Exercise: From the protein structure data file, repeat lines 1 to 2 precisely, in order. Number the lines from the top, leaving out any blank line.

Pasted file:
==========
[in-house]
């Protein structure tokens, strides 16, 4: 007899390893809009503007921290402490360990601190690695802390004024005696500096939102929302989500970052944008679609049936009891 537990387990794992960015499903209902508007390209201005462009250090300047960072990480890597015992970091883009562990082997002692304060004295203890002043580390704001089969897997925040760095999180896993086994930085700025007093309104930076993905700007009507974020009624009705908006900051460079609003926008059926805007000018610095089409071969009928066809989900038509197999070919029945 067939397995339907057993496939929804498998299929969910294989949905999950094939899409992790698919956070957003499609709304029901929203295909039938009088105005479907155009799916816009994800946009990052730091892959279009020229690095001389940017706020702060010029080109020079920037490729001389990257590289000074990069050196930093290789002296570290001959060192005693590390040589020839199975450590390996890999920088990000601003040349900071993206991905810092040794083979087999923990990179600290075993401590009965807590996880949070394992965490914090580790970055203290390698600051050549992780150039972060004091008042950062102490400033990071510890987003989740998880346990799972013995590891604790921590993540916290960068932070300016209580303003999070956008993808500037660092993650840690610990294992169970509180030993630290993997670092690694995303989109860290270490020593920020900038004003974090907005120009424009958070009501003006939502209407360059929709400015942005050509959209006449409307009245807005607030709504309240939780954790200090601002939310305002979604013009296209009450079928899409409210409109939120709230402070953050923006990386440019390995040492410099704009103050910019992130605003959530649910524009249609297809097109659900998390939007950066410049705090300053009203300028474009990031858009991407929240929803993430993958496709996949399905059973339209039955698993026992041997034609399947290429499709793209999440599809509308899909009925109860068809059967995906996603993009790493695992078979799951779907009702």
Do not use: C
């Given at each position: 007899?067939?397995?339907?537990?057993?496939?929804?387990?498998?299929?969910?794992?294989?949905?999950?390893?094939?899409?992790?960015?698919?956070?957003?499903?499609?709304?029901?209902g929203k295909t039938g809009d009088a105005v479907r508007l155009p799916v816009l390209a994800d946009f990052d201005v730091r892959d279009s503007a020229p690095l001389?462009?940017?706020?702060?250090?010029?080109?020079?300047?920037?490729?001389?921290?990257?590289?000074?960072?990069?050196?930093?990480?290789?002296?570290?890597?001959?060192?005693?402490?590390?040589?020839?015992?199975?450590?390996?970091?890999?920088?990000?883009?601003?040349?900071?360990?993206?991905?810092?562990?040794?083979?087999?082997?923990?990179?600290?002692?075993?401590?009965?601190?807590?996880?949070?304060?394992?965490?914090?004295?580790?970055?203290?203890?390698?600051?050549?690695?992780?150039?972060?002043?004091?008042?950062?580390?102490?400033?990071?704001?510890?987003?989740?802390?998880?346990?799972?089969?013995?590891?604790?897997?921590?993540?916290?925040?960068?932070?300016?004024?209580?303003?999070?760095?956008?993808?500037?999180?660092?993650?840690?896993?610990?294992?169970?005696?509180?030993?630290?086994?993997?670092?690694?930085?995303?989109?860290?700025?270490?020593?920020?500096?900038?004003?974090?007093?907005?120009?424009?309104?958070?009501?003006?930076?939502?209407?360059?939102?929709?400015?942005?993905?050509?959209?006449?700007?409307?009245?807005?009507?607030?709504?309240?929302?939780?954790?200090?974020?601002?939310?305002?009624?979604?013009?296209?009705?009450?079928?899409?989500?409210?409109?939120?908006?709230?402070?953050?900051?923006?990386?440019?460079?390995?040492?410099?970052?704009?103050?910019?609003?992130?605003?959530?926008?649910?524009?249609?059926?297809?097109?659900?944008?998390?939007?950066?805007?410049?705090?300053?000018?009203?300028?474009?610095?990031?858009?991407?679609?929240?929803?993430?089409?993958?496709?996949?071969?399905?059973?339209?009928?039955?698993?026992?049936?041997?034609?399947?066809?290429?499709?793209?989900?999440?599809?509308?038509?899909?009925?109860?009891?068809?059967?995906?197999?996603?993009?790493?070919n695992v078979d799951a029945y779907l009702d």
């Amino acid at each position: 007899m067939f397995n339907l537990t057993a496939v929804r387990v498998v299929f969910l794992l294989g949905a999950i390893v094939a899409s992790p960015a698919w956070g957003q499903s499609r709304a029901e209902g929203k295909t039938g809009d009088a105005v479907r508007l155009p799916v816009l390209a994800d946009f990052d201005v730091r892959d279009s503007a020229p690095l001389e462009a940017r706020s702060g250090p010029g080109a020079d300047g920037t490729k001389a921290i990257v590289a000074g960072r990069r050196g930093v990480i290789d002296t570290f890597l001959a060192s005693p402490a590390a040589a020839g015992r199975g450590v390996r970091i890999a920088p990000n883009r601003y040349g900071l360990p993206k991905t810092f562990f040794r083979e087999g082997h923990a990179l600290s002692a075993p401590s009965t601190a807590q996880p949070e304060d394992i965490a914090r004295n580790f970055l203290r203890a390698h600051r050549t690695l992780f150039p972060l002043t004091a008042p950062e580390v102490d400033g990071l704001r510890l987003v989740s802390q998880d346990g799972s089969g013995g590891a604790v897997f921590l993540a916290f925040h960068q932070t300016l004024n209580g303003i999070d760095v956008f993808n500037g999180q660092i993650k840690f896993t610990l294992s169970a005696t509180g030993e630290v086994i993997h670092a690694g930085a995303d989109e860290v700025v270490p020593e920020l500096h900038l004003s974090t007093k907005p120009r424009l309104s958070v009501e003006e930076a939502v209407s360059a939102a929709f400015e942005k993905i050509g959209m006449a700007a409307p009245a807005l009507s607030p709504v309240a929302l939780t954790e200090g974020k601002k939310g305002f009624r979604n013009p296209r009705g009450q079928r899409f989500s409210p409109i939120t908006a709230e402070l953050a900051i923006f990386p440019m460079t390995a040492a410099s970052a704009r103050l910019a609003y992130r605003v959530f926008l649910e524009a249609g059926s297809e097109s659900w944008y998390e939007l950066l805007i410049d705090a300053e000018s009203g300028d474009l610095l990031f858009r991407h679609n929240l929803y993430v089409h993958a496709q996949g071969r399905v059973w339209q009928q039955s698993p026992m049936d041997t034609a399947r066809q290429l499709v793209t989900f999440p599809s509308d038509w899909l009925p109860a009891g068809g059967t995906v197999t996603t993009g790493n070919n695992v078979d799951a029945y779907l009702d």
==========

[in-house]
């Protein structure tokens, strides 16, 4: 007899390893809009503007921290402490360990601190690695802390004024005696500096939102929302989500970052944008679609049936009891 537990387990794992960015499903209902508007390209201005462009250090300047960072990480890597015992970091883009562990082997002692304060004295203890002043580390704001089969897997925040760095999180896993086994930085700025007093309104930076993905700007009507974020009624009705908006900051460079609003926008059926805007000018610095089409071969009928066809989900038509197999070919029945 067939397995339907057993496939929804498998299929969910294989949905999950094939899409992790698919956070957003499609709304029901929203295909039938009088105005479907155009799916816009994800946009990052730091892959279009020229690095001389940017706020702060010029080109020079920037490729001389990257590289000074990069050196930093290789002296570290001959060192005693590390040589020839199975450590390996890999920088990000601003040349900071993206991905810092040794083979087999923990990179600290075993401590009965807590996880949070394992965490914090580790970055203290390698600051050549992780150039972060004091008042950062102490400033990071510890987003989740998880346990799972013995590891604790921590993540916290960068932070300016209580303003999070956008993808500037660092993650840690610990294992169970509180030993630290993997670092690694995303989109860290270490020593920020900038004003974090907005120009424009958070009501003006939502209407360059929709400015942005050509959209006449409307009245807005607030709504309240939780954790200090601002939310305002979604013009296209009450079928899409409210409109939120709230402070953050923006990386440019390995040492410099704009103050910019992130605003959530649910524009249609297809097109659900998390939007950066410049705090300053009203300028474009990031858009991407929240929803993430993958496709996949399905059973339209039955698993026992041997034609399947290429499709793209999440599809509308899909009925109860068809059967995906996603993009790493695992078979799951779907009702």